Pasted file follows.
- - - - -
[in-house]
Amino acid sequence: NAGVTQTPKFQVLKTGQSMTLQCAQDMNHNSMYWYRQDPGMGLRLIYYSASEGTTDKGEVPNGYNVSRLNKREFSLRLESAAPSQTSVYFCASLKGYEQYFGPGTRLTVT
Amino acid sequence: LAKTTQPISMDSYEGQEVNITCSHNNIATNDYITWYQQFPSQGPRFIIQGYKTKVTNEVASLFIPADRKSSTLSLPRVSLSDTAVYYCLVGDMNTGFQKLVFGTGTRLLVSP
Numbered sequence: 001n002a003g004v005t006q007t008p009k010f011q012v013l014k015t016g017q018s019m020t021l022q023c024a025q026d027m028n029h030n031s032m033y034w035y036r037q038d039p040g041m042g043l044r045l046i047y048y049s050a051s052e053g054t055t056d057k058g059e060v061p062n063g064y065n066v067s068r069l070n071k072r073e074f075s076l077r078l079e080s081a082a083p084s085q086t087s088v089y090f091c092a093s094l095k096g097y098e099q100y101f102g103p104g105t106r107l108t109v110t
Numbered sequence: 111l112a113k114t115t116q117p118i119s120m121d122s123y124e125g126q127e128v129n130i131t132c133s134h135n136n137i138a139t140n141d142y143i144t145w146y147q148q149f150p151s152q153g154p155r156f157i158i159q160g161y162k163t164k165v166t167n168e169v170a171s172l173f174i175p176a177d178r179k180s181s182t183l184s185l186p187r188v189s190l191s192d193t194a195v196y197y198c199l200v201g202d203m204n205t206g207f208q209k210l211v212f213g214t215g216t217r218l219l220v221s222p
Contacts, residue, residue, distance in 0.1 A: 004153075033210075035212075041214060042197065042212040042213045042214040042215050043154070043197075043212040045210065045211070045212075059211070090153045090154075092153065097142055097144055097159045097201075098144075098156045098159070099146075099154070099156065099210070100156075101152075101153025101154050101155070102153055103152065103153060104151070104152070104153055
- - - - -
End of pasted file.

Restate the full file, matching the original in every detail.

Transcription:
[in-house]
Amino acid sequence: NAGVTQTPKFQVLKTGQSMTLQCAQDMNHNSMYWYRQDPGMGLRLIYYSASEGTTDKGEVPNGYNVSRLNKREFSLRLESAAPSQTSVYFCASLKGYEQYFGPGTRLTVT
Amino acid sequence: LAKTTQPISMDSYEGQEVNITCSHNNIATNDYITWYQQFPSQGPRFIIQGYKTKVTNEVASLFIPADRKSSTLSLPRVSLSDTAVYYCLVGDMNTGFQKLVFGTGTRLLVSP
Numbered sequence: 001n002a003g004v005t006q007t008p009k010f011q012v013l014k015t016g017q018s019m020t021l022q023c024a025q026d027m028n029h030n031s032m033y034w035y036r037q038d039p040g041m042g043l044r045l046i047y048y049s050a051s052e053g054t055t056d057k058g059e060v061p062n063g064y065n066v067s068r069l070n071k072r073e074f075s076l077r078l079e080s081a082a083p084s085q086t087s088v089y090f091c092a093s094l095k096g097y098e099q100y101f102g103p104g105t106r107l108t109v110t
Numbered sequence: 111l112a113k114t115t116q117p118i119s120m121d122s123y124e125g126q127e128v129n130i131t132c133s134h135n136n137i138a139t140n141d142y143i144t145w146y147q148q149f150p151s152q153g154p155r156f157i158i159q160g161y162k163t164k165v166t167n168e169v170a171s172l173f174i175p176a177d178r179k180s181s182t183l184s185l186p187r188v189s190l191s192d193t194a195v196y197y198c199l200v201g202d203m204n205t206g207f208q209k210l211v212f213g214t215g216t217r218l219l220v221s222p
Contacts, residue, residue, distance in 0.1 A: 004153075033210075035212075041214060042197065042212040042213045042214040042215050043154070043197075043212040045210065045211070045212075059211070090153045090154075092153065097142055097144055097159045097201075098144075098156045098159070099146075099154070099156065099210070100156075101152075101153025101154050101155070102153055103152065103153060104151070104152070104153055